Trusts, specifically discretionary trusts, have long been the favored investment vehicle for families. They provide flexibility, asset protection, succession planning and taxation benefits. With the ATO’s recently announced updated interpretation of the law, the taxation benefits risk being eroded.


Trustees of discretionary trusts regularly resolve to make certain beneficiaries entitled to income or capital of the trust by way of a distribution. These distributions may not be paid immediately or not paid at all and instead loaned, gifted or forgiven. It is these types of distributions that are now attracting the scrutiny of the ATO.

What are the ATO targeting?

The ATO is seeking to tax distributions at the top marginal rate (rather than the intended beneficiaries’ marginal rate) where some or all of the following conditions are met;

  • The benefit of the distribution is ultimately received by someone other than the nominated beneficiary
  • There is no intention of the nominated beneficiary ever benefiting from the distribution
  • The distribution has the result of reducing another taxpayer’s income tax liability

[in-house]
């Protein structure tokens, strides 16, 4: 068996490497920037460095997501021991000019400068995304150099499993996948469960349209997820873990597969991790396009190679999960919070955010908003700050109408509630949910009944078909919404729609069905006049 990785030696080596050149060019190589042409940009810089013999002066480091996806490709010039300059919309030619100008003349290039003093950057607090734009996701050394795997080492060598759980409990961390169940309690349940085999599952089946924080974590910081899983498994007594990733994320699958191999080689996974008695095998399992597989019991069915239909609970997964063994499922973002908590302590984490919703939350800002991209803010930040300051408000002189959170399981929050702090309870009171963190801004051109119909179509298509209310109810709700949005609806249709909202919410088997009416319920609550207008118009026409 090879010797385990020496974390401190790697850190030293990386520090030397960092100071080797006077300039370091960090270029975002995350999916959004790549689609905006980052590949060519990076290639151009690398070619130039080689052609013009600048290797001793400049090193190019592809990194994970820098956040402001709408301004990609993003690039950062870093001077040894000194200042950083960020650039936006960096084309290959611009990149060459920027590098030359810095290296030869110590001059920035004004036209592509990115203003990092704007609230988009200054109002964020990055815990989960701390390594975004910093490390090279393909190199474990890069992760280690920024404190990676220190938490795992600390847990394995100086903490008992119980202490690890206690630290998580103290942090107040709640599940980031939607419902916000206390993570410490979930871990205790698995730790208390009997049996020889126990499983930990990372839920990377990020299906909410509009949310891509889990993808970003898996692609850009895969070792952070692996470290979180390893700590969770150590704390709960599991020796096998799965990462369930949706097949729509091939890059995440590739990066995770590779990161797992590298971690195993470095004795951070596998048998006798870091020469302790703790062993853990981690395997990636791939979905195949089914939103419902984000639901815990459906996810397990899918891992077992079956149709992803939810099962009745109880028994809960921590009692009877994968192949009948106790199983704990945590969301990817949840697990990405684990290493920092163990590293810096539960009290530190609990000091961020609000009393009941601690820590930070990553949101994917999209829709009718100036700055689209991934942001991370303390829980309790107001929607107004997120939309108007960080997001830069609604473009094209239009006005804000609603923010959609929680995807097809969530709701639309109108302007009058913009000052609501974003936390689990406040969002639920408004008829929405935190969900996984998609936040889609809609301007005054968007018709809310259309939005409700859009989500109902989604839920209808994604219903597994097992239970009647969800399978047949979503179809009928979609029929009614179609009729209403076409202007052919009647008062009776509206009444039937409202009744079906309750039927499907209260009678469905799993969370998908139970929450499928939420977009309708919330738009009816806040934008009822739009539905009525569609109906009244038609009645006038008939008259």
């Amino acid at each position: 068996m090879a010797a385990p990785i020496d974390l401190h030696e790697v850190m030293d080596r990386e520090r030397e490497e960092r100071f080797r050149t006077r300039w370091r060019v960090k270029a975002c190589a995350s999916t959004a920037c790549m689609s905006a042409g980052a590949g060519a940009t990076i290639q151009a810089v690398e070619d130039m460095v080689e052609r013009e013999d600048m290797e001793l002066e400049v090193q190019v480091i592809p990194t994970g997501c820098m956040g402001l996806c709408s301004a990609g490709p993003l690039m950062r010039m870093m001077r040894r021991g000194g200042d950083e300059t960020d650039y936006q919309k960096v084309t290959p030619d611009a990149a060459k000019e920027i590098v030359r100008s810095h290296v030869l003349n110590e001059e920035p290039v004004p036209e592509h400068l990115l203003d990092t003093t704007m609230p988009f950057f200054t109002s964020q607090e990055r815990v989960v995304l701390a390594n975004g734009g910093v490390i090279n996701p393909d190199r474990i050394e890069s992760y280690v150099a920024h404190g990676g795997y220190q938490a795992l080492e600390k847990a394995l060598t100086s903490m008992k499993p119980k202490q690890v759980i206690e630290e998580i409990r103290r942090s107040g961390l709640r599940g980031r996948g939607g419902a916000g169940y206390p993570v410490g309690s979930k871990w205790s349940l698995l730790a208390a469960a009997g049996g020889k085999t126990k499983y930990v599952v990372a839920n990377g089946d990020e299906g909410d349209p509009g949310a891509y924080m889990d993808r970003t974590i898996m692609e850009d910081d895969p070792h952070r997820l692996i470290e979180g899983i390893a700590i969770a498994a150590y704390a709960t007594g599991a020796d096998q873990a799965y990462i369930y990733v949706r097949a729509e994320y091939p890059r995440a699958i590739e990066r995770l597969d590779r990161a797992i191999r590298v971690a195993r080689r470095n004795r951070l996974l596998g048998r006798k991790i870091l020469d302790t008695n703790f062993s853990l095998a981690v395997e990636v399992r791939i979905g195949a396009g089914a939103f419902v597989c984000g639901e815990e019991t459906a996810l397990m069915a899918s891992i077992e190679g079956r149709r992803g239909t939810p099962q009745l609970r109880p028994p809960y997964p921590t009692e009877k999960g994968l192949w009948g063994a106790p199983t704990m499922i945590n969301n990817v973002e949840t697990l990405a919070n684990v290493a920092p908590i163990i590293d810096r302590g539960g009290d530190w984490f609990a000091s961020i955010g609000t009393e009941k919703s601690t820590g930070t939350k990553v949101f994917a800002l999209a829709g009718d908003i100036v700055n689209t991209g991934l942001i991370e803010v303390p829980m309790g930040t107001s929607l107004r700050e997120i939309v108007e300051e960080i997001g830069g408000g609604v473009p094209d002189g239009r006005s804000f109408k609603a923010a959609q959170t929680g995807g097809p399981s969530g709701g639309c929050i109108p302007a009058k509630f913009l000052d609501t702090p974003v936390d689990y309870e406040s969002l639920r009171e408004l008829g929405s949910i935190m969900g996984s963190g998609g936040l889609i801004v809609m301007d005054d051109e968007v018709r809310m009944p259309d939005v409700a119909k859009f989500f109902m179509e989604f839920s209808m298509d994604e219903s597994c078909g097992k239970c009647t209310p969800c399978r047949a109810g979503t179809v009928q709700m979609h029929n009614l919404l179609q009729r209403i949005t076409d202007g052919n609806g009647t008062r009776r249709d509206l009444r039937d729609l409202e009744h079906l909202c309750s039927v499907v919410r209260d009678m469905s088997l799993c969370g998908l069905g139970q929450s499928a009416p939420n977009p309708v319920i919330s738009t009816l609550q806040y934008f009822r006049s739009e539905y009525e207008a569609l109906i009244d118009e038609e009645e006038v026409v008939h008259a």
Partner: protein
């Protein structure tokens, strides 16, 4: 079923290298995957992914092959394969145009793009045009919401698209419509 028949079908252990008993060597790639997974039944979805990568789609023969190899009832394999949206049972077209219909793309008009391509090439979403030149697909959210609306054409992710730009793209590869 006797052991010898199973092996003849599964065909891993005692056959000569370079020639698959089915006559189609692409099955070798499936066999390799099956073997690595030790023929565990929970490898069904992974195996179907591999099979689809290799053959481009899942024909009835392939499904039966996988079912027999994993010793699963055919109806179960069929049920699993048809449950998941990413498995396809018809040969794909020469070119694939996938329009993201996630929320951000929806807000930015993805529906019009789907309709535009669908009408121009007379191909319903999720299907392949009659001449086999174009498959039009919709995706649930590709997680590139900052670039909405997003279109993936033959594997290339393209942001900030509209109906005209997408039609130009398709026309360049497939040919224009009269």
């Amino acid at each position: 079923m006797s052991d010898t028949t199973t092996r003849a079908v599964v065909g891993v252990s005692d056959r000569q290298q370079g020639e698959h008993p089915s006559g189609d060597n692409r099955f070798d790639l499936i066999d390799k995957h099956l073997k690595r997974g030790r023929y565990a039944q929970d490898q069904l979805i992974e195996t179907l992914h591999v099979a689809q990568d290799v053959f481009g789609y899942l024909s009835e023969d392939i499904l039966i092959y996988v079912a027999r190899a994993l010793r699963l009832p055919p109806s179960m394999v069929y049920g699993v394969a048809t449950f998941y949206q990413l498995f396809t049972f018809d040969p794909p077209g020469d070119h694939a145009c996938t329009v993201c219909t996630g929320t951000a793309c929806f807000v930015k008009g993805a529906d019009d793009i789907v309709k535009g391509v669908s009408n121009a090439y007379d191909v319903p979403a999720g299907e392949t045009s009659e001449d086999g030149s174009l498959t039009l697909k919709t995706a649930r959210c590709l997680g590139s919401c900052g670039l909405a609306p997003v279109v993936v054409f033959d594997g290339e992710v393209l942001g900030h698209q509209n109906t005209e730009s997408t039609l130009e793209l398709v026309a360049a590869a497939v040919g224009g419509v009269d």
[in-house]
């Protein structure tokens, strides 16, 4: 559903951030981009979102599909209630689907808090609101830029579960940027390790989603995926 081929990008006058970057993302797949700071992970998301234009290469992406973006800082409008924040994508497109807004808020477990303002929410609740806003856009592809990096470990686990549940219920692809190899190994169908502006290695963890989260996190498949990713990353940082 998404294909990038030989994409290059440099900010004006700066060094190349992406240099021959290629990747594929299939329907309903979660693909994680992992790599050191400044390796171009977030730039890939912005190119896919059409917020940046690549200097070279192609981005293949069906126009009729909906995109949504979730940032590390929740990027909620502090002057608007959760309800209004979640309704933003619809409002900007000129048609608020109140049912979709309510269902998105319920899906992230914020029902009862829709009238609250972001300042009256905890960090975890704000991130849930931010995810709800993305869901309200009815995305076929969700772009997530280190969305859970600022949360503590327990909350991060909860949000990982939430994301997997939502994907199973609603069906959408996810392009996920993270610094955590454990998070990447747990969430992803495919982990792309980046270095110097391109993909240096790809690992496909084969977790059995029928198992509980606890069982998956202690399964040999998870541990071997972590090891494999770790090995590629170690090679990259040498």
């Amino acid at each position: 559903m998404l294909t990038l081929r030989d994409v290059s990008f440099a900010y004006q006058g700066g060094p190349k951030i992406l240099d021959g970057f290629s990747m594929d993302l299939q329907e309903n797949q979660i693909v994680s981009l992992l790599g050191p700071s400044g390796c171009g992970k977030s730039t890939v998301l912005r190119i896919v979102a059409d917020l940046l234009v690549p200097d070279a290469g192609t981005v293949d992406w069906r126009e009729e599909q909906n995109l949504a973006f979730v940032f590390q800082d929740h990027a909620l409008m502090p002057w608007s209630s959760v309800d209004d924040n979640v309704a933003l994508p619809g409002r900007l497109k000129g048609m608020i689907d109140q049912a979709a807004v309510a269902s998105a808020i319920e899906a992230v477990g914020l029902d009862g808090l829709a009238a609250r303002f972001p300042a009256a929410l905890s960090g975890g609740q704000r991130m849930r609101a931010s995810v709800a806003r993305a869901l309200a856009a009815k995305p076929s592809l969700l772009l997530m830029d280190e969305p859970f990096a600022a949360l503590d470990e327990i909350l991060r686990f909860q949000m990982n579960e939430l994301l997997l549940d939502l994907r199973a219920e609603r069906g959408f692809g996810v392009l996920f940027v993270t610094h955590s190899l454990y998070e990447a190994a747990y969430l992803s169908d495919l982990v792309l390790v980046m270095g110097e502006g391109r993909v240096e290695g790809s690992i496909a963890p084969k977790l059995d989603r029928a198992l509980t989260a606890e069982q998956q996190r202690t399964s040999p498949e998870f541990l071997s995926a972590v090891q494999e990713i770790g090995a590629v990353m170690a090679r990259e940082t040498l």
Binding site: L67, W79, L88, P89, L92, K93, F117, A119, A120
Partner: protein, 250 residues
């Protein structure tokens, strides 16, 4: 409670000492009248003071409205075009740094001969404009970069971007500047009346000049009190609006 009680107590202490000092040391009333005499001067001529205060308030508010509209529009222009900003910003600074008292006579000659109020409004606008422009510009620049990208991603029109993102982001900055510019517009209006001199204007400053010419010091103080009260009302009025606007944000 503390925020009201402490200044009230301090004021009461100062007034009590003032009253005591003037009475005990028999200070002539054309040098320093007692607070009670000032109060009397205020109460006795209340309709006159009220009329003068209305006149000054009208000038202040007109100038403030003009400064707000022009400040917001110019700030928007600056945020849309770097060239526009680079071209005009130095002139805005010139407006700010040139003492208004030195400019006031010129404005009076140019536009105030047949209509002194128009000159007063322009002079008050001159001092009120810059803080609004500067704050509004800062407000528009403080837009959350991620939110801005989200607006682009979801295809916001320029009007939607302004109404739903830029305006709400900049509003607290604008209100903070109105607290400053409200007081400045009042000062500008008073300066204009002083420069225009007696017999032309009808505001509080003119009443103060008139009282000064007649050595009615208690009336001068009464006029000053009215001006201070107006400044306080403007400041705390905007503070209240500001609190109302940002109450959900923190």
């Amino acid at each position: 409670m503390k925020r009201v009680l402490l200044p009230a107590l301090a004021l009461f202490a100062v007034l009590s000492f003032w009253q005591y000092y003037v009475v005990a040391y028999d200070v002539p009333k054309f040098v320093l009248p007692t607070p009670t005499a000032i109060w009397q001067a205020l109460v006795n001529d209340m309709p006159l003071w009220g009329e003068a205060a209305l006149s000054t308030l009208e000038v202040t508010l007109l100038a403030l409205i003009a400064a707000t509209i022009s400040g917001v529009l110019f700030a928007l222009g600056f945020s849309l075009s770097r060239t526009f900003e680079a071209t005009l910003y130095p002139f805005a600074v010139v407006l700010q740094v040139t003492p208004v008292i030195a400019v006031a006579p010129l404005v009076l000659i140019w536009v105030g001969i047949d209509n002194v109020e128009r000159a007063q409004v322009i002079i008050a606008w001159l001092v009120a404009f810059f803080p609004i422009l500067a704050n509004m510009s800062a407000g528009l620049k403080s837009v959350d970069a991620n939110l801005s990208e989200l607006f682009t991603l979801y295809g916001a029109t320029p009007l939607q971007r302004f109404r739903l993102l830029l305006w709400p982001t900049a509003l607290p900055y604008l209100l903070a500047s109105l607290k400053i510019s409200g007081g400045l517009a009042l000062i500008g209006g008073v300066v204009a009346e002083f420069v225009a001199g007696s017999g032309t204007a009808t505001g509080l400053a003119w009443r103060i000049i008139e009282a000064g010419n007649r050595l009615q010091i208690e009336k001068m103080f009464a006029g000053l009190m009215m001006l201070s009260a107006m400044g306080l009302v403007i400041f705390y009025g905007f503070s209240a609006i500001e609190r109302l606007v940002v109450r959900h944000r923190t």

• The distribution is outside the course of ordinary family or commercial dealing
  • A child’s distribution entitlement is forgiven in leu of expenses the family incurred on the child’s behalf prior to them turning 18yo

What does this mean?

Trust distributions that are physically paid to the beneficiary in a timely fashion and are used by the beneficiary for their own benefit are unlikely to come under scrutiny. Arrangements that differ slightly however are reasonable, appropriately documented and accounted for correctly may be safe. Conversely, unpaid distributions to taxpayers on a low tax rate without appropriately documented arrangements in place could be levied with tax at 47%.

This development will be significant for trustees in the lead up to 30 June. Please feel free to contact our office to discuss how this might affect you.